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Elizabeth Gómez Alcorta: “Seven out of ten poor people are women” | Interview with the minister in the framework of the Day of Non-Violence against Women

“Our main concern today is that out of every ten poorest people in Argentina, seven are women and that our agenda is linked to the economic reactivation with the inclusion of women and diversity, and to the problem of gender-based violence, which sadly is not a minority policy ”, says Minister Elizabeth Gómez Alcorta. In the framework of the commemoration of the International Day for the Elimination of Violence against Women, this Thursday he will announce with deputies and senators that they will work together for a reform of Law 26,485 on “Comprehensive Protection to Prevent, Punish and Eradicate Violence against Women in the areas in which they develop their interpersonal relationships ”through a participatory process with forums at the federal level. The proposal seeks to “put into discussion new types and modalities of gender violence that have not been addressed by the State, incorporate the perspective of diversity, provide tools to address violence in a new institutional context and strengthen the role of the provinces , municipalities and territorial social organizations, among other fundamental issues to consolidate a comprehensive model of State policy towards gender-based violence ”, explained the official.

The process, he advanced, will involve the organization of territorial forums for participatory consultation in all the provinces and the creation of working groups with specialists who will discuss the necessary reforms in the area of ​​economic violence, access to habitat, to work, among other axes. Indian. In addition, it will be analyzed whether there are specific types of violence against the LGBTI + population based on their gender identity. The idea is to present the draft reform of Law 26,485 – sanctioned in 2009– on November 25 of next year.

Unfortunately, the numbers of femicides and transvesticides have remained more or less stable in recent years, one every 30 hours, as when they took to the streets en masse to the shout of Not One Less. Why can’t they decrease?

It is quite a complex phenomenon. They are not criminal acts that can be modified by doing a single action, centrally because they are multi-causal. They occur because they live in a macho culture, because the risks increase the higher the level of vulnerability women have and when the State does not intervene effectively. Culture changes in the medium and long term, beyond the fact that there are already changes in relation to about twenty years. The pandemic has generated greater vulnerability and also, as a consequence of the economic situation, women’s participation in employment fell ten years throughout the region, according to ECLAC figures. State responses range from prevention, assistance, protection, and strengthening of access to Justice. Prevention and assistance correspond to the municipal level and assistance, protection at the provincial and national levels, and access to justice at the judicial levels.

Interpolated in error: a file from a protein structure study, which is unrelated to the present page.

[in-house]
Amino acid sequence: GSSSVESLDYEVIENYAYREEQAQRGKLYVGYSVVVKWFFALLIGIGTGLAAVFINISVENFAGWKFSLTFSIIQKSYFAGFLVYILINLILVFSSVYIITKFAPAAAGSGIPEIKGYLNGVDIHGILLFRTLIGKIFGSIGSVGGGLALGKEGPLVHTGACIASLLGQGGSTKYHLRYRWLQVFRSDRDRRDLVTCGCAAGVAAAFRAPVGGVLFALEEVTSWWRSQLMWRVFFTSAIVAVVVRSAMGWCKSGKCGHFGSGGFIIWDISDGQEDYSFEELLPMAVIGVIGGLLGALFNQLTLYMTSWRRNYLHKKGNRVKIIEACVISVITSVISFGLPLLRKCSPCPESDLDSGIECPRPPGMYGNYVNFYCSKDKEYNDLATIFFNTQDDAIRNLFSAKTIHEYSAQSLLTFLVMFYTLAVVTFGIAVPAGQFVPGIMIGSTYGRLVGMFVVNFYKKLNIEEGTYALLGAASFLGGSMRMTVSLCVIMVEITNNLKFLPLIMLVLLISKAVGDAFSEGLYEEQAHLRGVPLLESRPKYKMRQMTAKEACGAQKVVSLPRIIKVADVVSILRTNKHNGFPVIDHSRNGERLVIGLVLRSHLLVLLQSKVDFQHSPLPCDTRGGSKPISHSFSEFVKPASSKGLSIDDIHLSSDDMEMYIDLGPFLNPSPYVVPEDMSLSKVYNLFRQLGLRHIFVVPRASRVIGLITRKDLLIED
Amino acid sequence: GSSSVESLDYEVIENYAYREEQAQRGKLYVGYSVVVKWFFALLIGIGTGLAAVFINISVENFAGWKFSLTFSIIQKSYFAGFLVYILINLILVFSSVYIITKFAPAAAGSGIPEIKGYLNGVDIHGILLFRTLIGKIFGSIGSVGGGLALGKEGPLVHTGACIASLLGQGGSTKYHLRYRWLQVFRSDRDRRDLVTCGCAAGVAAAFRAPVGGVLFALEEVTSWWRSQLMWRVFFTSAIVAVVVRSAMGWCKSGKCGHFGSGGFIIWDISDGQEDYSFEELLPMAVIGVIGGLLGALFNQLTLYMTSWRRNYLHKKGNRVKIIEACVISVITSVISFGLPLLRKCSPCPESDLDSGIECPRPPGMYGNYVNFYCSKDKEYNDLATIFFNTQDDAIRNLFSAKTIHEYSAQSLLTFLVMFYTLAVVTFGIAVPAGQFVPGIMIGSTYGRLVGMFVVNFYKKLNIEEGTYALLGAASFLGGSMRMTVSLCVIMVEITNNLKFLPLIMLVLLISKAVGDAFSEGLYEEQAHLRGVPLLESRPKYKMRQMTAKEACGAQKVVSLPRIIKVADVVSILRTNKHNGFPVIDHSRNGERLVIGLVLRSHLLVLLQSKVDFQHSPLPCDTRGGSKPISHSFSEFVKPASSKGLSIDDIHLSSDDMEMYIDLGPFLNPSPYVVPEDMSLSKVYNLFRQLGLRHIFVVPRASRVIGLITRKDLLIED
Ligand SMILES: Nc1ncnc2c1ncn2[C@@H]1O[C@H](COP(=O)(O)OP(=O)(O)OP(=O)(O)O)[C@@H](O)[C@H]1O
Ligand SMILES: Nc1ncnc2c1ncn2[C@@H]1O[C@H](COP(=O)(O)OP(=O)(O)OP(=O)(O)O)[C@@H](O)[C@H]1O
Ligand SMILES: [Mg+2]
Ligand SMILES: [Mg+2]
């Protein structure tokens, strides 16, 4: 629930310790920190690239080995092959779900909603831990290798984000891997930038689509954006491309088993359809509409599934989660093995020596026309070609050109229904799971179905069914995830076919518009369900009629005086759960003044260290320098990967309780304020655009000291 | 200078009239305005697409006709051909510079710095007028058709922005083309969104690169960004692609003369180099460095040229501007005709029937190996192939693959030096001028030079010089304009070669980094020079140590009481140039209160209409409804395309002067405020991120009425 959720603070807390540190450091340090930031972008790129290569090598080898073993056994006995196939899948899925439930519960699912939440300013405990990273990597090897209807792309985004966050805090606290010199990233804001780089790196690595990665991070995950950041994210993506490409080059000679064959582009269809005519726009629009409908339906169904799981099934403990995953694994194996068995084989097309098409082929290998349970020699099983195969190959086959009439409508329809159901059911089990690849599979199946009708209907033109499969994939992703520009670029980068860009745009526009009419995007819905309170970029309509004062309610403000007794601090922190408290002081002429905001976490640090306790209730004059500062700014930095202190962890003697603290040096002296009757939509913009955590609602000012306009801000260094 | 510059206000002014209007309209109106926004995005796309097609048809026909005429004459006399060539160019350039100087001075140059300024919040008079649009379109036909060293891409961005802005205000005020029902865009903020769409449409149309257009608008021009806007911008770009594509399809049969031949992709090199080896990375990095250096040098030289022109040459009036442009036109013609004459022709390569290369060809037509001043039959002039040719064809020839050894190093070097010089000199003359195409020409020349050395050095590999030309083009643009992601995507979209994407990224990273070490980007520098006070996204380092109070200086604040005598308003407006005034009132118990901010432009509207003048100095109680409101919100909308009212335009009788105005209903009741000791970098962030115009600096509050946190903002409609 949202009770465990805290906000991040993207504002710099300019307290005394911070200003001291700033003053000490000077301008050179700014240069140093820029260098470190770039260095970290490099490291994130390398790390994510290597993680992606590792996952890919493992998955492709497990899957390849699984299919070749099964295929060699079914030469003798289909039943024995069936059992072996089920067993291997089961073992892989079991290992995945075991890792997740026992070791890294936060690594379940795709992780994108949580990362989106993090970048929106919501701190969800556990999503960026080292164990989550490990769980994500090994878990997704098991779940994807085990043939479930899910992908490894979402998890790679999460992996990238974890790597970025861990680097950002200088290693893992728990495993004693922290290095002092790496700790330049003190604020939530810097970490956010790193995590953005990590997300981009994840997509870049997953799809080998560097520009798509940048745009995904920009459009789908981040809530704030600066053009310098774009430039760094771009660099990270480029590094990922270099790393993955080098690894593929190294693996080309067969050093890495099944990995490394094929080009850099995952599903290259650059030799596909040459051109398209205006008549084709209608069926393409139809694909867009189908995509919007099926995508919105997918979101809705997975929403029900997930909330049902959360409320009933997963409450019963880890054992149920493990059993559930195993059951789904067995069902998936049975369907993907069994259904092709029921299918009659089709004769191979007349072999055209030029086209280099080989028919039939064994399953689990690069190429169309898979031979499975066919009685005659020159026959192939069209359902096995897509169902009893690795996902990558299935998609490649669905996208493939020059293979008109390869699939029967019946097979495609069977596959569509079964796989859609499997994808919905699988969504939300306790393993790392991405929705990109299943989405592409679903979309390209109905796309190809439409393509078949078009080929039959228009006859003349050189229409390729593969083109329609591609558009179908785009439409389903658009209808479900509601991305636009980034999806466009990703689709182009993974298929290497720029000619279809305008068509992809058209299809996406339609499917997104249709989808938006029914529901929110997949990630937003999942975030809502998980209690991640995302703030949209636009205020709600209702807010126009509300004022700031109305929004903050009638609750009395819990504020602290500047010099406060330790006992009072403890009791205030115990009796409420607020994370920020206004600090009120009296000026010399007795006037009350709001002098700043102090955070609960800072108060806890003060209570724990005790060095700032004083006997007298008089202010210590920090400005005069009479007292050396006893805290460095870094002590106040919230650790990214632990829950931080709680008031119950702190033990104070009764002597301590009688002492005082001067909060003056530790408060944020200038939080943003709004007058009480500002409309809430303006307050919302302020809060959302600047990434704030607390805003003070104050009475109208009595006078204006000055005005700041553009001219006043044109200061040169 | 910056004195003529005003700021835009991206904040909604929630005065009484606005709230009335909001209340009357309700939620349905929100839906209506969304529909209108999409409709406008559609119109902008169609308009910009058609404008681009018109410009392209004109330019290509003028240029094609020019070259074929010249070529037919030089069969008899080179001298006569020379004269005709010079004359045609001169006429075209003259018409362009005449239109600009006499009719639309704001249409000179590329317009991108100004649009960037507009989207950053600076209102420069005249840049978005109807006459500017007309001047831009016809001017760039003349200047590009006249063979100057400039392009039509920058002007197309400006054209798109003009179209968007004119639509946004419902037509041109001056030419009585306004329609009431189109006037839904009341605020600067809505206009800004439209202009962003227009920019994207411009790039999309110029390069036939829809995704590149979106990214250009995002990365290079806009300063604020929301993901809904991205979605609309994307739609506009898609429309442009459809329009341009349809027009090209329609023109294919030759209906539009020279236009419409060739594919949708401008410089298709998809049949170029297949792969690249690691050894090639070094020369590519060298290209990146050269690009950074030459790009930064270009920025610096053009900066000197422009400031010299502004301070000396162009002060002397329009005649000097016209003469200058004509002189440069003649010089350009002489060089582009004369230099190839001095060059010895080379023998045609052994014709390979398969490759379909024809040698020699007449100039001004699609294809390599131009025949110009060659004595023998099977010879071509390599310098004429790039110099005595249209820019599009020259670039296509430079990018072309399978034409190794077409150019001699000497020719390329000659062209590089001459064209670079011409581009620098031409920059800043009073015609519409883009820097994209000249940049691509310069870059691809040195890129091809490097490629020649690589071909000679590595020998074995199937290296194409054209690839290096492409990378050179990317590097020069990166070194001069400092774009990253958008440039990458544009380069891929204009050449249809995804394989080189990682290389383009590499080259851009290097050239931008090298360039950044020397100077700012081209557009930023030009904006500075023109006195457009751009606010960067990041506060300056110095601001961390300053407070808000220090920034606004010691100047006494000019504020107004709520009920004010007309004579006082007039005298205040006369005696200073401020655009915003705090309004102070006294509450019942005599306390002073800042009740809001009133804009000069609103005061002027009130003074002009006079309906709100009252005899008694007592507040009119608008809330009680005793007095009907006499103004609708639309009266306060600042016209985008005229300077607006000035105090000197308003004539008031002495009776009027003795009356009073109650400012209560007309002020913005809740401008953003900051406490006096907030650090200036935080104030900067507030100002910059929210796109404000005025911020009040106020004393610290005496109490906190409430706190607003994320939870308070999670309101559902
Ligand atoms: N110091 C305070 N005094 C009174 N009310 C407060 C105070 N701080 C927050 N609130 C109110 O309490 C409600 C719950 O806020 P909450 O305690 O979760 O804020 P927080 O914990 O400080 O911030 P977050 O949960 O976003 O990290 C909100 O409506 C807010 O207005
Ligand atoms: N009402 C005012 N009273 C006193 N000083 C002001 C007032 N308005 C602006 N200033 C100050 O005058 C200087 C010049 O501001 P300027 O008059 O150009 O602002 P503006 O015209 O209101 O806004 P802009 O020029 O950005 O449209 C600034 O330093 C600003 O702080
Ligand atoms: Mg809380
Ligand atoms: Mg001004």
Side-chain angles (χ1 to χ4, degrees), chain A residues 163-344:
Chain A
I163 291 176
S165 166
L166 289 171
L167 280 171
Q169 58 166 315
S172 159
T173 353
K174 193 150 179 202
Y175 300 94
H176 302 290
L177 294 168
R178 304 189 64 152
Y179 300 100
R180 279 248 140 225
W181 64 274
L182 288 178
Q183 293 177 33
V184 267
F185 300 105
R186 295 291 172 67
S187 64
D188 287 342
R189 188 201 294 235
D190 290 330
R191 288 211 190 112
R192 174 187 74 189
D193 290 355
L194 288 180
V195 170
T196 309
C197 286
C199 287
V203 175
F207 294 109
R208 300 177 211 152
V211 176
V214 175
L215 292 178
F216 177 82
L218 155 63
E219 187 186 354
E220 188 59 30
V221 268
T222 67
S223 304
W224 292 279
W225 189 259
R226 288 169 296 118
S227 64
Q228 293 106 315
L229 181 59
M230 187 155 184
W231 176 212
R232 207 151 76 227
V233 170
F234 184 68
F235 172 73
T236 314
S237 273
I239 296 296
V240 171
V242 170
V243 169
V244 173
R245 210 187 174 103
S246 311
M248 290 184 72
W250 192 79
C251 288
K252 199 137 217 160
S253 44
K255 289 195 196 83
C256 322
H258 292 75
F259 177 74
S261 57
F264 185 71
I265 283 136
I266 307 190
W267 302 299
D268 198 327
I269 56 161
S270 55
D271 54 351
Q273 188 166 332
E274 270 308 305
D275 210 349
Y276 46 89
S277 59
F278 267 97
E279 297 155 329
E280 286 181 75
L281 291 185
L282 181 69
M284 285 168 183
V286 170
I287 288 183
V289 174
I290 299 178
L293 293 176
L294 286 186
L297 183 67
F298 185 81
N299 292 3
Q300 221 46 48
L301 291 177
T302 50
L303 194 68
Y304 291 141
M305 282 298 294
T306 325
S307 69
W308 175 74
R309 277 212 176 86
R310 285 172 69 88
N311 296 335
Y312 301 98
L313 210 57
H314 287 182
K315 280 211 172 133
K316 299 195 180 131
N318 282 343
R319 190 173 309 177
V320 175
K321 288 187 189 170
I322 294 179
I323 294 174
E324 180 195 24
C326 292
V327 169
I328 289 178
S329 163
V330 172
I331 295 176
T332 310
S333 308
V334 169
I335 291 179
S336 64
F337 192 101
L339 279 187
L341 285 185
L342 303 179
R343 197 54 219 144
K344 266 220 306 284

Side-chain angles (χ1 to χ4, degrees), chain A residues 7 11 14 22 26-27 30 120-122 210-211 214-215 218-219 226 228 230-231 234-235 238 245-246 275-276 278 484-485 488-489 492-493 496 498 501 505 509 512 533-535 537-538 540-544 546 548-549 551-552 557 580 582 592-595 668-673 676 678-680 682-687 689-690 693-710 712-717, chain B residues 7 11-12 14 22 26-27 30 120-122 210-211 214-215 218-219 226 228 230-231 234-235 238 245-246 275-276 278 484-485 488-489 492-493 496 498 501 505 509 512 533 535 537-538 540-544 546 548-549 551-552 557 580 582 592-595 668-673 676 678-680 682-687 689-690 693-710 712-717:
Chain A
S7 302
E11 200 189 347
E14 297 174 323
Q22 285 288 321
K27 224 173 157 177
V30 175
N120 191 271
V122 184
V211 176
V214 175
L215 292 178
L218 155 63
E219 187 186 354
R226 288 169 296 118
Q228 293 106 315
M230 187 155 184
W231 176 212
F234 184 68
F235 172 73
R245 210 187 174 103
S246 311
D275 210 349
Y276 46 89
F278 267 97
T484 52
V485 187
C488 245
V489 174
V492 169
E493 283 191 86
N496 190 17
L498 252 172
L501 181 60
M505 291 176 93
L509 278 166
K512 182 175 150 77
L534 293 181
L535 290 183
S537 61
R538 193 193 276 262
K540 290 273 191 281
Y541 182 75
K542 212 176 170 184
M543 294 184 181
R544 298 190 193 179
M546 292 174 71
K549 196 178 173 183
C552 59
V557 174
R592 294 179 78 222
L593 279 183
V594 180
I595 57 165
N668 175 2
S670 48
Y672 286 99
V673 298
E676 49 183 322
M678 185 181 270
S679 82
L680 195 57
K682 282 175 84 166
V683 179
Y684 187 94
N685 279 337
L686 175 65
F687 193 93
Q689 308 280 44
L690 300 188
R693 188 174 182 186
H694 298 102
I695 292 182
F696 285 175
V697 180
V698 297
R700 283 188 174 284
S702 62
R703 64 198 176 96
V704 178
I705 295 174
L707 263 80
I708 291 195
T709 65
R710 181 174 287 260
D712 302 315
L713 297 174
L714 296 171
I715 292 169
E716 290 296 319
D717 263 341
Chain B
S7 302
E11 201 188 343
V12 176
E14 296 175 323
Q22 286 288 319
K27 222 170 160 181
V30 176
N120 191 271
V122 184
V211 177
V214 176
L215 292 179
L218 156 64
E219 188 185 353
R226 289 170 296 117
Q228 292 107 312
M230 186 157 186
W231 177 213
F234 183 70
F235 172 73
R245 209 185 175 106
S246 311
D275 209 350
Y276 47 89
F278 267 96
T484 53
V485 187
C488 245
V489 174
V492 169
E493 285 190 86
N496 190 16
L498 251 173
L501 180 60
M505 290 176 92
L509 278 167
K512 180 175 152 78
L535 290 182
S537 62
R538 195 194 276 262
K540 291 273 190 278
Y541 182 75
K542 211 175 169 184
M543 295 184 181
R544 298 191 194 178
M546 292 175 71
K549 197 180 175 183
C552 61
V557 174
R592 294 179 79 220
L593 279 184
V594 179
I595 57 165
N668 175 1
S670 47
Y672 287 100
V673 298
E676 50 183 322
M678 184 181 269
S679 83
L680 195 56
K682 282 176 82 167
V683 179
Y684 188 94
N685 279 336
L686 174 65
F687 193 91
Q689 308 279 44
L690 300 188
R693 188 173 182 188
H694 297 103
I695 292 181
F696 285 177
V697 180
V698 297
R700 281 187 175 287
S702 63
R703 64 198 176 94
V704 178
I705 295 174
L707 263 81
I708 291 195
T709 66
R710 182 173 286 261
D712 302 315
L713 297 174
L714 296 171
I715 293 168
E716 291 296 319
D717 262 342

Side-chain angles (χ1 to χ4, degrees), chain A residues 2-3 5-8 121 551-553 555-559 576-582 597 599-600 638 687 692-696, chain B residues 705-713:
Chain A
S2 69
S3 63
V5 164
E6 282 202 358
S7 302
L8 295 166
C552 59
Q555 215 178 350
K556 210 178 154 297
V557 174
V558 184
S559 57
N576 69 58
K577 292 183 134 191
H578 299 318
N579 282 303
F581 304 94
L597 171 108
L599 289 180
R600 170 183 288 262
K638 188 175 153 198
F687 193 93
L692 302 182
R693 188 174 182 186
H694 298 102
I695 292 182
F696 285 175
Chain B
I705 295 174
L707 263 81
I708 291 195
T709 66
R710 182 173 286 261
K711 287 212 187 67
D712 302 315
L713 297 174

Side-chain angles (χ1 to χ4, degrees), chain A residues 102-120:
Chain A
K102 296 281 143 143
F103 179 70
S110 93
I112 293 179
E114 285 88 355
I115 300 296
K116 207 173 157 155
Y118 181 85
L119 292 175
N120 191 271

–If we put 2015 as an analysis date, has it been advanced?

– Yes, of course, but there is no doubt that regarding state capacities there is still a long way to go. A large number of municipalities do not even have gender areas. Some areas only have one person in charge. I point it out because it is the closest place for a person who is going through a situation of violence. We need interdisciplinary teams in this assistance. Yes, progress has been made in the creation of homes, shelters, half-way houses: today there are more than 150 state and more than 50 civil society. But access to justice continues to be absolutely deficient. The lack of information and traceability of cases is something that the Ministry is working on. There are provinces, on the other hand, in which the gender area is still a simple address.

–Which ones?

–For example, in Chubut, Mendoza, San Juan and Santiago del Estero. Santa Fe, Córdoba, Misiones and the province of Buenos Aires have a Ministry. I point it out because that institutionality means a bigger budget. The capacity of a management to mainstream its policies and have programs is not the same as a ministry.

Q: What about judicial responses to complaints of gender violence? Did something improve?

– We continue to have enormous problems with the judicial powers. We identify that there is a change, at least an acknowledgment of their responsibility in the problem. We have been working with the Federal Board of Courts and Superior Courts for the inclusion of the judicial powers in the integrated system of cases of gender violence, but they are institutions that are difficult to permeate.

– After the femicide of Úrsula Bahílo, in February, the President announced the creation of the Federal Council for the Prevention of Femicides. How has progress been made in these months?